2012 Honda CR-V | road test

Posted on May 14, 2012 by

Quick Review

GoodGood Quality, space, fuel economy
BadBadDull engine, TFT screen resolution
SpecsSpecs2.4-litre inline-4; 188bhp, 221Nm
PricePriceAED 125,000
RatingEditors Rating Four Star

Every time a new version of a popular car is launched, our phones are inundated with calls from eager buyers waiting to know everything about it. The frequency of these calls is directly proportional to the car’s popularity, especially if it’s an economical nameplate. Obviously, the CR-V is one of the most popular cars in the Middle East and the questions just kept on coming. So, what is the fourth generation all about?

In terms of external dimensions, it’s almost similar to its predecessor. The overall length has reduced by 25mm and the height has gone down by 35mm. The new version is also 36kg lighter and the wheelbase is identical at 2,620mm. Honda claims over 60 per cent of parts have been designed ground up for the new CRV. Changes have been made to the chassis, suspension and the drivetrain to improve performance, rigidity and reduce fuel consumption.

The engine is the same 2.4-litre i-VTEC that has been around for ages albeit with a few improvements and a slightly increased power and torque output. Honda claims a 5.4 per cent reduction in internal friction and a more efficient alternator. Maximum power is 188bhp at 7,000rpm compared to 180bhp at 6,800 rpm of the older version. Maximum torque is 221Nm at 4,400rpm, which is mere 3Nm more than it’s predecessor. Transmission is a reworked version of the existing 5-speed automatic and a six speed would have helped in increasing the overall mileage.

The Honda CR-V was never known for its straight-line performance and the newer version is no different. It was always aimed at being a frugal commuter and that’s what it does best. We got an overall fuel efficiency of 11.6kmpl in mixed driving conditions and that is impressive considering our restless driving style. With maximum torque and power delivered at a rather high rpm, the CR-V does feel a bit sluggish. The engine takes its own time to deliver power once you floor the pedal and acceleration is modest at best. One troubling factor is the loud whine from the engine that penetrates the cabin while you accelerate. This car needs some more noise insulation, which is for sure.

The older hydraulically controlled all wheel drive system has now given way to a more advanced electronic system. This all-new Real Time Intelligent Control System as Honda likes to call it debuts on this new CR-V. Compared to the previous 4WD system, the electronically activated AWD system is claimed to offer a faster, more intuitive initial response when a loss of traction is detected.

Driving around town, the CR-V feels right at home. It’s easy to understand why this car has been the popular choice among families around the world. It has all the right credentials of an easy to drive, practical and economical car. The electronic power steering is effortless and the ride is well cushioned. It’s a well thought after product and over the years Honda has found out ways to make this car even better.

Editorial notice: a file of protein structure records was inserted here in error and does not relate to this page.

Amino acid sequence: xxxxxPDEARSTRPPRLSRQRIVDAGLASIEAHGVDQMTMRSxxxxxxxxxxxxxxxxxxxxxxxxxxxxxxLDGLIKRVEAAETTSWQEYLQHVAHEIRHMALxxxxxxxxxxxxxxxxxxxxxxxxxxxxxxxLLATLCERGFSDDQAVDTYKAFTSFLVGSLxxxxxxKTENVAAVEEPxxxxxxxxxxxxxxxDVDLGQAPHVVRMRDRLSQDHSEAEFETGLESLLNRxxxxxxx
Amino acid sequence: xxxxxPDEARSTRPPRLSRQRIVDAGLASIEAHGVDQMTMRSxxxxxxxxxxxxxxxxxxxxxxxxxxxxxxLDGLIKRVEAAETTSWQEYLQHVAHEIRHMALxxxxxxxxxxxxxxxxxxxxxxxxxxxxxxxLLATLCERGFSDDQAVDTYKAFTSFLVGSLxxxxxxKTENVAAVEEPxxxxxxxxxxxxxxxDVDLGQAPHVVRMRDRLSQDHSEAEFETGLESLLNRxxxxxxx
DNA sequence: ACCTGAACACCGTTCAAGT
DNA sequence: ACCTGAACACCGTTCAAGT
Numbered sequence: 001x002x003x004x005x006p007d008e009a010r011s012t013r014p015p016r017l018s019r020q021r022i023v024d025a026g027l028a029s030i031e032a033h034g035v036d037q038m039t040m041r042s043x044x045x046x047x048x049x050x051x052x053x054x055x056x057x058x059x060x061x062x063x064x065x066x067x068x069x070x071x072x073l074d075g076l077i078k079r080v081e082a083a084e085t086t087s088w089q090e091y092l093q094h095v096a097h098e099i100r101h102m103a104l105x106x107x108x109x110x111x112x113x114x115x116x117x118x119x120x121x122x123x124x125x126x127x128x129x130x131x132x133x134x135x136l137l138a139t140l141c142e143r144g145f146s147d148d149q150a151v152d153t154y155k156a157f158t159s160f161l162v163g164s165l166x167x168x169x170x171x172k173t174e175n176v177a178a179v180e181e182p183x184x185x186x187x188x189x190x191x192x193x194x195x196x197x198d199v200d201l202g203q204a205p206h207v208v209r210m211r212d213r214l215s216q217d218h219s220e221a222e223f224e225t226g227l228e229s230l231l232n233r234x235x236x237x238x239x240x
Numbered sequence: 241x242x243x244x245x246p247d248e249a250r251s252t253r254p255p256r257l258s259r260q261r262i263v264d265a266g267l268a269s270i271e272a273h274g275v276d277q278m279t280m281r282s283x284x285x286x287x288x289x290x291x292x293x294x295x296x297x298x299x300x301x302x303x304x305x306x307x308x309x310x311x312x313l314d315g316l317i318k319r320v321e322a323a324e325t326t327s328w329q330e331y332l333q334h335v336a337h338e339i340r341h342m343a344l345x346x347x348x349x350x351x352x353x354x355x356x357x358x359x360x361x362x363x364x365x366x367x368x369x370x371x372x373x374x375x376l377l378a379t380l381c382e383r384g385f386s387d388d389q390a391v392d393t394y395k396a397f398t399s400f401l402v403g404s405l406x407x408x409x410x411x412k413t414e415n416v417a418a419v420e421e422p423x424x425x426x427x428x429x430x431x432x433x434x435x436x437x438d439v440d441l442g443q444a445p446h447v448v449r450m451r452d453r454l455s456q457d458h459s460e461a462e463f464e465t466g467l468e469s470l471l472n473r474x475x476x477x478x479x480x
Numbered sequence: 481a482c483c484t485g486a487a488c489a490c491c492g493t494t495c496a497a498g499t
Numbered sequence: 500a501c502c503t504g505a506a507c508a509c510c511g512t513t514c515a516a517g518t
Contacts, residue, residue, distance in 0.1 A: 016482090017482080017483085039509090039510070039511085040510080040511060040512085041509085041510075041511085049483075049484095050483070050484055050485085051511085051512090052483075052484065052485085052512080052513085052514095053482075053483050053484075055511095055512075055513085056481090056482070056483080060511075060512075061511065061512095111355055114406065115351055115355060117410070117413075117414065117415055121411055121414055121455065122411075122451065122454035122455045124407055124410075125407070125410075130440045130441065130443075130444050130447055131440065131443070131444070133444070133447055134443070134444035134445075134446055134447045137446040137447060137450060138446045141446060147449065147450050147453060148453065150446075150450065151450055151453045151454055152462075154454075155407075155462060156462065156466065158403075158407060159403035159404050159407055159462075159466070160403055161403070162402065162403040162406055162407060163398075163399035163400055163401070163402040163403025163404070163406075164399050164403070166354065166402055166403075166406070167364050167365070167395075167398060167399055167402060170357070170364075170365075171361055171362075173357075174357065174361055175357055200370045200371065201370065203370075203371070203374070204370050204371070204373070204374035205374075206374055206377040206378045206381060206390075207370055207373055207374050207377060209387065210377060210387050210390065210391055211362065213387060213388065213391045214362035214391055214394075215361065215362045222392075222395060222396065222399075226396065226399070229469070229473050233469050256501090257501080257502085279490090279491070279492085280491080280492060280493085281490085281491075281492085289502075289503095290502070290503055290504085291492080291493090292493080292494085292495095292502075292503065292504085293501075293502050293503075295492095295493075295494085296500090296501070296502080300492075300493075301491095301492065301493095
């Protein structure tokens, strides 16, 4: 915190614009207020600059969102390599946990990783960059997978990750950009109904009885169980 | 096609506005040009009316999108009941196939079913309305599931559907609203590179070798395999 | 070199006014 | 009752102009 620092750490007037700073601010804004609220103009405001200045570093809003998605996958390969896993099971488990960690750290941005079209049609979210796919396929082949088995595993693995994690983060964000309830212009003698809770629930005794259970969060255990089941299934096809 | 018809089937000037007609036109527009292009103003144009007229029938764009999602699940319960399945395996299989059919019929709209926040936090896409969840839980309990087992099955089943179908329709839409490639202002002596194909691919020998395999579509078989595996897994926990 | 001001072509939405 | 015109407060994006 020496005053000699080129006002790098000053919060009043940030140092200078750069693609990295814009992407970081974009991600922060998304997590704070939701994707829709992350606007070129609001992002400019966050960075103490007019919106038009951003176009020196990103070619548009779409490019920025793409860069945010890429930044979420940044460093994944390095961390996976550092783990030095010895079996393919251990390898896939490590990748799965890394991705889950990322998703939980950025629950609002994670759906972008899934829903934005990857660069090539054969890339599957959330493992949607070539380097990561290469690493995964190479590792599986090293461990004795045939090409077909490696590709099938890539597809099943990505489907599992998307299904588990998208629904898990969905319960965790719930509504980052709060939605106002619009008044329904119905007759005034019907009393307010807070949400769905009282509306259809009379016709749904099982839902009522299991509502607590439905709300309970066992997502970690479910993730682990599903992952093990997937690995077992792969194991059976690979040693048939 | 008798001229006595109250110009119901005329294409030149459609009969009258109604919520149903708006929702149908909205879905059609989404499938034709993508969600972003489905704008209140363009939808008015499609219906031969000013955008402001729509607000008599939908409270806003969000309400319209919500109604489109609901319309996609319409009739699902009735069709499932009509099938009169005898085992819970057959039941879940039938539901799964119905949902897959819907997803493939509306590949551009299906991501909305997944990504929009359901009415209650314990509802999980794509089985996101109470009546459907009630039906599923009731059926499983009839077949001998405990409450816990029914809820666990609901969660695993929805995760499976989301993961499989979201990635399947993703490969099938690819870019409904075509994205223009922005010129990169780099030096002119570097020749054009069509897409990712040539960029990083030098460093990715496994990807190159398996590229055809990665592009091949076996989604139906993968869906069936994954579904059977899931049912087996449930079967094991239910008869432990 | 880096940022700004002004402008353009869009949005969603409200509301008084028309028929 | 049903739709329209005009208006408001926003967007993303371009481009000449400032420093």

The EX Leather variant, which we drove, had Bluetooth connectivity, reversing camera and dual zone climate control. These features are standard on the EX variant as well while the base LX variant gets a regular air conditioner and no centre mounted screen.

Compared to the previous-generation, the new model takes on a more aggressive stance. The all-new styling is certainly refreshing with the sleek front-end design and the whole treatment it receives around the D pillar. Overall, the new Honda CR-V looks modern and I think it looks better and more balanced than its predecessor. Honda has also tried to make it appear more rugged with the side skirting and the chunky skid plate.

The interior is top notch for a car in this segment. The quality and the feel certainly don’t leave anything to complain about. The only thing I think could have been better is the resolution of the dashboard-mounted 5-inch TFT display. It does the job but the text and the graphics appear straight out of first generation Nokia colour display phones. The redesigned instrumentation cluster is the main highlight of the new Honda CR-V. The multi-layered look and the design is unquestionably one of the best among its rivals and it isn’t complicated to read out either.

The new Honda CR-V is equipped with standard safety features such as dual-stage airbags for the front passengers while top of the line EX variant gets side and curtain airbags. Hill start assist, traction control, ABS and EBD also come standard on all models. Camera assisted reverse is available in the EX and the EX Leather variants.

The Honda CR-V with its low ownership cost, car-like handling and adequate comfort guarantees to be a satisfying package for most customers who need a good family car. The new 2012 Honda CR-V doesn’t offer anything significantly more than its predecessor and stays true to the tradition of being one of the best crossovers you can buy today.

Specifications

Price as tested: AED 125,000

Price range: AED 105,000 – AED 125,000

Drivetrain

Engine: 2.4-litre inline-4 i-VTEC
Layout: Front engine, permanent all wheel drive
Max. power: 188bhp @ 7200rpm
Max torque: 221Nm @ 4200rpm
Transmission: 6-speed automatic

Dimensions (mm)

Length: 4550
Width: 1820
Height: 1685
Wheelbase: 2625
Curb Weight: 1595kg
Fuel tank capacity: 58 litre
Seating capacity: 5

Tyre size: 225/60R18

Competitors

Toyota RAV-4, Ford Escape, Mitsubishi Outlander

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